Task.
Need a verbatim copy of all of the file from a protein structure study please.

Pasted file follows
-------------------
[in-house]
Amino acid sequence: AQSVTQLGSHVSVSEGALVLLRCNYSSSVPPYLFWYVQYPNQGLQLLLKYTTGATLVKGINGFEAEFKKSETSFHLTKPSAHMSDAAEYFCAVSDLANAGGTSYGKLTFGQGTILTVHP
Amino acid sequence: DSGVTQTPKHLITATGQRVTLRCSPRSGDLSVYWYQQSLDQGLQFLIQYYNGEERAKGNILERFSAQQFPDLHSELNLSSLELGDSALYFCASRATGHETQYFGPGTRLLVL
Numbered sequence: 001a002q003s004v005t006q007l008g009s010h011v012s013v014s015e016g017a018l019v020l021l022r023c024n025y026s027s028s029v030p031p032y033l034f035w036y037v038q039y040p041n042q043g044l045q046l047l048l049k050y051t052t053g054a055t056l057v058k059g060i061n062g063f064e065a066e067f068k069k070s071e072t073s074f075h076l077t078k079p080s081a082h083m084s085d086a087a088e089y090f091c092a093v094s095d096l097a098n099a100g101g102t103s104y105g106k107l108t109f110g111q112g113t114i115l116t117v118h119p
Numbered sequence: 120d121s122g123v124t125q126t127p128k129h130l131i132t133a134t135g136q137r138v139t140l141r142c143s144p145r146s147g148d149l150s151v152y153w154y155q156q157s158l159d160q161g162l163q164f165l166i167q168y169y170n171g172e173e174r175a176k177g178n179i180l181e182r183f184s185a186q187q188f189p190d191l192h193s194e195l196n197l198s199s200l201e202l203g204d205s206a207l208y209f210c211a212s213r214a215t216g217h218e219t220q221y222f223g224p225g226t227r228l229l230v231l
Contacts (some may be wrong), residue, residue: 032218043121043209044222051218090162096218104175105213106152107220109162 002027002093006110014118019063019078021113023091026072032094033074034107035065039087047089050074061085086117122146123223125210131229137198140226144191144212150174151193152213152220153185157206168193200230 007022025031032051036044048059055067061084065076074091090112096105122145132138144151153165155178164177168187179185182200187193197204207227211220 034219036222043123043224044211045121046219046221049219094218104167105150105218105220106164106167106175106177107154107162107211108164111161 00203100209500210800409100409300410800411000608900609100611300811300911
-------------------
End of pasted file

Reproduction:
[in-house]
Amino acid sequence: AQSVTQLGSHVSVSEGALVLLRCNYSSSVPPYLFWYVQYPNQGLQLLLKYTTGATLVKGINGFEAEFKKSETSFHLTKPSAHMSDAAEYFCAVSDLANAGGTSYGKLTFGQGTILTVHP
Amino acid sequence: DSGVTQTPKHLITATGQRVTLRCSPRSGDLSVYWYQQSLDQGLQFLIQYYNGEERAKGNILERFSAQQFPDLHSELNLSSLELGDSALYFCASRATGHETQYFGPGTRLLVL
Numbered sequence: 001a002q003s004v005t006q007l008g009s010h011v012s013v014s015e016g017a018l019v020l021l022r023c024n025y026s027s028s029v030p031p032y033l034f035w036y037v038q039y040p041n042q043g044l045q046l047l048l049k050y051t052t053g054a055t056l057v058k059g060i061n062g063f064e065a066e067f068k069k070s071e072t073s074f075h076l077t078k079p080s081a082h083m084s085d086a087a088e089y090f091c092a093v094s095d096l097a098n099a100g101g102t103s104y105g106k107l108t109f110g111q112g113t114i115l116t117v118h119p
Numbered sequence: 120d121s122g123v124t125q126t127p128k129h130l131i132t133a134t135g136q137r138v139t140l141r142c143s144p145r146s147g148d149l150s151v152y153w154y155q156q157s158l159d160q161g162l163q164f165l166i167q168y169y170n171g172e173e174r175a176k177g178n179i180l181e182r183f184s185a186q187q188f189p190d191l192h193s194e195l196n197l198s199s200l201e202l203g204d205s206a207l208y209f210c211a212s213r214a215t216g217h218e219t220q221y222f223g224p225g226t227r228l229l230v231l
Contacts (some may be wrong), residue, residue: 032218043121043209044222051218090162096218104175105213106152107220109162 002027002093006110014118019063019078021113023091026072032094033074034107035065039087047089050074061085086117122146123223125210131229137198140226144191144212150174151193152213152220153185157206168193200230 007022025031032051036044048059055067061084065076074091090112096105122145132138144151153165155178164177168187179185182200187193197204207227211220 034219036222043123043224044211045121046219046221049219094218104167105150105218105220106164106167106175106177107154107162107211108164111161 00203100209500210800409100409300410800411000608900609100611300811300911